Question: When do you prefer video for communicating?

A question towards you.

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Have you ever heard of the so-called ‘Bandwidth hypothesis’ in computer-mediated communications? It’s the hypothesis that for cognitive tasks, the more similar a medium is to face-to-face communication (the more bandwidth it has), the better the communication should be. Scientist have been trying to prove this for decades but they never succeeded.

Of course there are a lot of emotional aspects that play a big role. These aspects make face-to-face interaction a much richer experience than other (computer-mediated) interactions. But somehow they don’t seem to have any influence when it comes to the communication of cognitive tasks ((Whittaker S (2002). ‘Theories and methods in mediated communication)).

What does make a difference is speech. Research has shown that this makes the communication of cognitive tasks twice as effective. ((Chapanis A, Ochsman R & Parrish R (1972). ‘Studies in interactive communication)) Knowing this, the bubblecomment post from last week (which was about leaving video comments), left me with some questions. I didn’t leave a video comment. Why? I don’t really know. I just didn’t feel comfortable with it. But when do I prefer video, or a video chat to be more specific, as a medium for communication? When do I want or need my communication with someone else to be this rich. The only time I seriously engaged in a video chat, was with a friend who was living in Australia at the time and which I hadn’t seen for months. But that’s just me. So here is my question for you:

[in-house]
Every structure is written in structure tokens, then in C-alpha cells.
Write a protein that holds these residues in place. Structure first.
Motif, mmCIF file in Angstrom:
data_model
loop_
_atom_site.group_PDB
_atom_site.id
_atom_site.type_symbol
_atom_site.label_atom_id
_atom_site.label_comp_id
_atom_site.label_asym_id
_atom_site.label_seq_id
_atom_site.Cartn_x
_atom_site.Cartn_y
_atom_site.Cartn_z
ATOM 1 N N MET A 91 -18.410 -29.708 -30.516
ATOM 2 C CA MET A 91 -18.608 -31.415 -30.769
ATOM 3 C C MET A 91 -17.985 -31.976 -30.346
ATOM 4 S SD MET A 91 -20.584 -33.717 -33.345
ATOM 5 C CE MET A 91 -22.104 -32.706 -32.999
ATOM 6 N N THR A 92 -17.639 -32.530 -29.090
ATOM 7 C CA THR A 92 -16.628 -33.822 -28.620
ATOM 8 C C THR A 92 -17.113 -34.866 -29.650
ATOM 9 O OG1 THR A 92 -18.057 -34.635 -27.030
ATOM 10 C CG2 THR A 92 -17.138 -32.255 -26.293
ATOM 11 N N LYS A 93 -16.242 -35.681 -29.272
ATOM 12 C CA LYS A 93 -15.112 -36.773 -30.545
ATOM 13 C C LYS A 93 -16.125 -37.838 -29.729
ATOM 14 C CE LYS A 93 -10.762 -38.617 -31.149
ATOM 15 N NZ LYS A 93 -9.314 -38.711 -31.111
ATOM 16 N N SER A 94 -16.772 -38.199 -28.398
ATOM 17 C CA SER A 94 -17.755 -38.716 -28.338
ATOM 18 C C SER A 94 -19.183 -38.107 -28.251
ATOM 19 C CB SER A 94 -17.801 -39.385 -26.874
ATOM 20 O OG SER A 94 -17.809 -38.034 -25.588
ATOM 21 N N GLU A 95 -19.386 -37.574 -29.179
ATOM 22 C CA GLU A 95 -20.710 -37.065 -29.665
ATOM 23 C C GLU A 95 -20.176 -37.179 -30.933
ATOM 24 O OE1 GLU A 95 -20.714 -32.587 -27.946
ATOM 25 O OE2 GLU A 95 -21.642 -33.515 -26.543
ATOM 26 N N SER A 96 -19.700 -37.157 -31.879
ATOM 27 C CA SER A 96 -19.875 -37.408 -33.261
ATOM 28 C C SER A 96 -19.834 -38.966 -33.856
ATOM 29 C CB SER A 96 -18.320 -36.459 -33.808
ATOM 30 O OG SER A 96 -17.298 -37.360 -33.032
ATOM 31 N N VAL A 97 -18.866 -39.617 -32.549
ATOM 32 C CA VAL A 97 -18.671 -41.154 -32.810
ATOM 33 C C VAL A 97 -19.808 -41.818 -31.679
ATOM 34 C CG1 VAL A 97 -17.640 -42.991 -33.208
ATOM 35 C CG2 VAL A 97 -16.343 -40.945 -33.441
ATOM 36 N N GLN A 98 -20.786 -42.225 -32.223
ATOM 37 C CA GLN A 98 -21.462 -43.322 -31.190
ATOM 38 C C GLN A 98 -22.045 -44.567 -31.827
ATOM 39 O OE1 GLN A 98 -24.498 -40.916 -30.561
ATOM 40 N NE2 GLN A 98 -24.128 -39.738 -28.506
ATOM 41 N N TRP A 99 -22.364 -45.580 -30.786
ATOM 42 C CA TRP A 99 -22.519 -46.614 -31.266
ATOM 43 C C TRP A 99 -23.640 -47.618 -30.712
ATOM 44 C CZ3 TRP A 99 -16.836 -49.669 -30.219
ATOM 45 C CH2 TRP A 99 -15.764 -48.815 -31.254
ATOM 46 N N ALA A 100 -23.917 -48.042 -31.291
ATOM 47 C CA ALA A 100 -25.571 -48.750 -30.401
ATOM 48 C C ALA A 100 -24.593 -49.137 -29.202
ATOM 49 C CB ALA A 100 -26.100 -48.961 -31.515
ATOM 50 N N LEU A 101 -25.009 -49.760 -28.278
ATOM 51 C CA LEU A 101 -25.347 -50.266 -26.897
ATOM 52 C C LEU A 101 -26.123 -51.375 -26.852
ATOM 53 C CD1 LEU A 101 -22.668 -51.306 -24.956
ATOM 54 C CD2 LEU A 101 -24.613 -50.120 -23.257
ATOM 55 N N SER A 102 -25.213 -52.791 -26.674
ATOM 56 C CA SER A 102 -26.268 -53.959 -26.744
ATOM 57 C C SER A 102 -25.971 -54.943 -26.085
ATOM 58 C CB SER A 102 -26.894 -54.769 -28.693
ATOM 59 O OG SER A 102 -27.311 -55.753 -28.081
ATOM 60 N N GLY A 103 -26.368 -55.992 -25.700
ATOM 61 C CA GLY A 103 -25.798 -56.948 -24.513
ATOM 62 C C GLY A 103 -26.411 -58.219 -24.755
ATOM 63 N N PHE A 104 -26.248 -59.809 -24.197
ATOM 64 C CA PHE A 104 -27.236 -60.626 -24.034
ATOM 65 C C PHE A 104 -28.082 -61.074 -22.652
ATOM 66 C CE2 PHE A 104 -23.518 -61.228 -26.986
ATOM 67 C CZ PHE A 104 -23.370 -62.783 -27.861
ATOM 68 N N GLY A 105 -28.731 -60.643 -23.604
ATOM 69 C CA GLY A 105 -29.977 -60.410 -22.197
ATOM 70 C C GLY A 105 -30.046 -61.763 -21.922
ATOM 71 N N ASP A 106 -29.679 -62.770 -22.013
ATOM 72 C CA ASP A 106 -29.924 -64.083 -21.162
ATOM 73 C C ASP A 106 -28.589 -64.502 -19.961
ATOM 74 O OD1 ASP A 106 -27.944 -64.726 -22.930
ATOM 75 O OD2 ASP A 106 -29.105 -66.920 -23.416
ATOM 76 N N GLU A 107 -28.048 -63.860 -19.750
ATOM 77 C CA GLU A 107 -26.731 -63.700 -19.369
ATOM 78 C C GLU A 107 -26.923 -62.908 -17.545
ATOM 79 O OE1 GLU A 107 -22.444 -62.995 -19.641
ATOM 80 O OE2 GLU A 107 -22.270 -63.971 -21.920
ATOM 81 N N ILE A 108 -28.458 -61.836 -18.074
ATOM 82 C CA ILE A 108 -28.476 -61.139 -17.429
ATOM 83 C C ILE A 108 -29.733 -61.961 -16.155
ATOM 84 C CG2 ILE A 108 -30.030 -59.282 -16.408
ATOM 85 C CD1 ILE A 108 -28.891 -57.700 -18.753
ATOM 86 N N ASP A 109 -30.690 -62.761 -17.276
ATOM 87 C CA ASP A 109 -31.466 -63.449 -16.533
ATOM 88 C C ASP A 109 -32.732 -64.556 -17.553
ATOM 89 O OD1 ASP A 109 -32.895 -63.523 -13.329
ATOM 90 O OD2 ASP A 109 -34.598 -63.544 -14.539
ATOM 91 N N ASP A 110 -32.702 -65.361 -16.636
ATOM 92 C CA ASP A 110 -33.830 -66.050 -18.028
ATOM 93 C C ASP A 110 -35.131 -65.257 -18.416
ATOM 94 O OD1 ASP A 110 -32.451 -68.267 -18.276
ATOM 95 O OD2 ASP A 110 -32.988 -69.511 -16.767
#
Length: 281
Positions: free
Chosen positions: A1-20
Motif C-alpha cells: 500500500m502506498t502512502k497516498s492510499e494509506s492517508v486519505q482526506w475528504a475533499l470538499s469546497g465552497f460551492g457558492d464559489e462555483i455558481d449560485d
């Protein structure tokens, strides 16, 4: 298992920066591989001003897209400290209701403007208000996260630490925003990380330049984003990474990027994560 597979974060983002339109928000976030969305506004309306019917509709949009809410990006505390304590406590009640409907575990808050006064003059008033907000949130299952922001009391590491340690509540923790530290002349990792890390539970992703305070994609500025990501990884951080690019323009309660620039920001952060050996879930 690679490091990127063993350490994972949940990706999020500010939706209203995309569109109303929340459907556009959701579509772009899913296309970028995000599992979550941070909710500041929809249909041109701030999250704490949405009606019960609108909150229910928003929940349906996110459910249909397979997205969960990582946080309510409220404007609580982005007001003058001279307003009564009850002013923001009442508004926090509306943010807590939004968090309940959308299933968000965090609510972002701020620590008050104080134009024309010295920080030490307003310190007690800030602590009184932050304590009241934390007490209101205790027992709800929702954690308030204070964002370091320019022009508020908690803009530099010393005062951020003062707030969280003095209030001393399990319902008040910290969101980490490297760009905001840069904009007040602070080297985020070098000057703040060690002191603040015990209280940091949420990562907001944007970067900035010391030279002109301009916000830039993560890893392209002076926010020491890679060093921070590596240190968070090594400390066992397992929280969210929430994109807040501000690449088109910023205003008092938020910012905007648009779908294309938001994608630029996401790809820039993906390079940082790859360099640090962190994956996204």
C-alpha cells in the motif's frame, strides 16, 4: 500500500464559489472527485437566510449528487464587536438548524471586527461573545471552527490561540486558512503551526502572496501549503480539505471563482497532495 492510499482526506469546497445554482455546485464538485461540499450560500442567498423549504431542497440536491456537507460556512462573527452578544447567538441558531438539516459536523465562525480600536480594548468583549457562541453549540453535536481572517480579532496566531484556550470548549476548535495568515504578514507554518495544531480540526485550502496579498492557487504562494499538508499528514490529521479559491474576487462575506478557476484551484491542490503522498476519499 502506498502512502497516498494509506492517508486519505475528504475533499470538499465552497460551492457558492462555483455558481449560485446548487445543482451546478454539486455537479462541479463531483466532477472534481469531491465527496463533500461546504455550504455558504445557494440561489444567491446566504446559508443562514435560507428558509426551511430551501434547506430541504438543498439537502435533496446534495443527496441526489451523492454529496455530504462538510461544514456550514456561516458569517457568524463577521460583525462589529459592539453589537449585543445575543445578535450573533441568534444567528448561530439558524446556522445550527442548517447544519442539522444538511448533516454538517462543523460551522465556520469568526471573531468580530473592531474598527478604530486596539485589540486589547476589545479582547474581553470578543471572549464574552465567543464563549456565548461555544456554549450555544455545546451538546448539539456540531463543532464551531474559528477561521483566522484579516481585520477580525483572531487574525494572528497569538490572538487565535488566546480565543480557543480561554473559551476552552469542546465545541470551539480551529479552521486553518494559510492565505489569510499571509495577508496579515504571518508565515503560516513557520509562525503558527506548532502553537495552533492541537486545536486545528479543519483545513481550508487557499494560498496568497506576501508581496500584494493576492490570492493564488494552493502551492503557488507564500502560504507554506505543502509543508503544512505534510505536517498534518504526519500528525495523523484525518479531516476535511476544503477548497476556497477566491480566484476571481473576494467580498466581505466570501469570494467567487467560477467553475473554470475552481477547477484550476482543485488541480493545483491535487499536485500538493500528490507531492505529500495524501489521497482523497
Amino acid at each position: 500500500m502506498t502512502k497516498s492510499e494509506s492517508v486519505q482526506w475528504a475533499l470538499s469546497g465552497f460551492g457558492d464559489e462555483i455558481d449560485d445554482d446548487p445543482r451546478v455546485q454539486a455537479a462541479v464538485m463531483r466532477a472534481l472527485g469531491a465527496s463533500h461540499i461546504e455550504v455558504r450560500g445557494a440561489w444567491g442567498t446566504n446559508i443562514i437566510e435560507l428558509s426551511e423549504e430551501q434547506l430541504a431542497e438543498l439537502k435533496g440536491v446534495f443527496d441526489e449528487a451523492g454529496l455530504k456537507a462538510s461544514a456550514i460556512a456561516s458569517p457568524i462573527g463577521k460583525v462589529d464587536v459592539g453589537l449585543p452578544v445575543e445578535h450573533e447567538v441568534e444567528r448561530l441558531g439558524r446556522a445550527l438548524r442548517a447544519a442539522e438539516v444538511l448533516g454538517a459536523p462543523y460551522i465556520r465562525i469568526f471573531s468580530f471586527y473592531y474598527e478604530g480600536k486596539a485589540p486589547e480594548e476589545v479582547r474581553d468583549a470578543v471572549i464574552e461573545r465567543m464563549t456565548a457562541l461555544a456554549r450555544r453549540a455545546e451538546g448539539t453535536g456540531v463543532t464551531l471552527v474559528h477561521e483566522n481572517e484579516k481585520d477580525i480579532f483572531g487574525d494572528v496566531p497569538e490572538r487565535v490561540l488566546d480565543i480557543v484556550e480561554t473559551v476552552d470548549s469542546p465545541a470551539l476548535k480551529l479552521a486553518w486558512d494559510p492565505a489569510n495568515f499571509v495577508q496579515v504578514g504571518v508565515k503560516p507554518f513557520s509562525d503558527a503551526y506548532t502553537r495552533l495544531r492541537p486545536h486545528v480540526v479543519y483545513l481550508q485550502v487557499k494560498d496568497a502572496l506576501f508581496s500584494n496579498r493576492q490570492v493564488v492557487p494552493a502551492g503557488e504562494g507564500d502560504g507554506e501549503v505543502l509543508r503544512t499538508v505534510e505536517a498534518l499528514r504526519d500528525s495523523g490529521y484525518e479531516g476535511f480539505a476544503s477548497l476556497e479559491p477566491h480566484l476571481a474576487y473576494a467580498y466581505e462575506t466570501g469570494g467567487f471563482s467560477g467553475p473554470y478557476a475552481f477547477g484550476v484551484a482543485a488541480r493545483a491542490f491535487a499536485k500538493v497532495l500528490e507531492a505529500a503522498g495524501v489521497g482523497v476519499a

When do you prefer video as a medium for communication? When not? And most of all, why?

Dennis Koks

Dennis Koks (1987, The Netherlands) is a designer | conceptual thinker for interactive media and co-founder of Transparent Spaces. Dennis is fascinated about the social impact of interactive design and how it can improve our daily lives.

3 comments on this article

  1. Harry on

    I hardly ever do video chat lately. I used to have hours and hours of video chats weekly with a girl 2 years ago, and when i say hours i mean more than 9 consecutive hours in a row. What changed? she became my girlfriend! After that point on, i rarely video chat anymore.
    To answer your question, i prefer video as a medium where an image is not enough. An emotion, an action, an interaction. Why? To make things clear, and show them exactly how they are.

  2. In the pre-video stage of the Internet I had a lot of misunderstandings with people. It’s so difficult to bring emotions across with just words, when in ‘real life’ we use intonation, face expressions, movement and even physical contact.

    For me video is still a strange medium, but not when I communicate with people I know. In the bubblecomment experiment the stage suddenly changed from a private moment to a public moment. That is scary. But on the other hand, it’s the perfect way to show others who you are and how you feel. And isn’t that exactly what we all long for? Bringing down the barriers the Internet created and become personal again.

  3. timyeo on

    We’ve been working on a solution targetted at the elderly that revolves around video chat. We’re imagining a scenario where grandparents want to communicate with their grandkids in a way that’s richer than voice calls.

    The desire to feel closer and bond with family living far away is definitely there.

    Unfortunately, the barriers to entry imposed by a personal computer has turned lots of elderly folks away.

    I’ll be sure to share more once the solution takes off.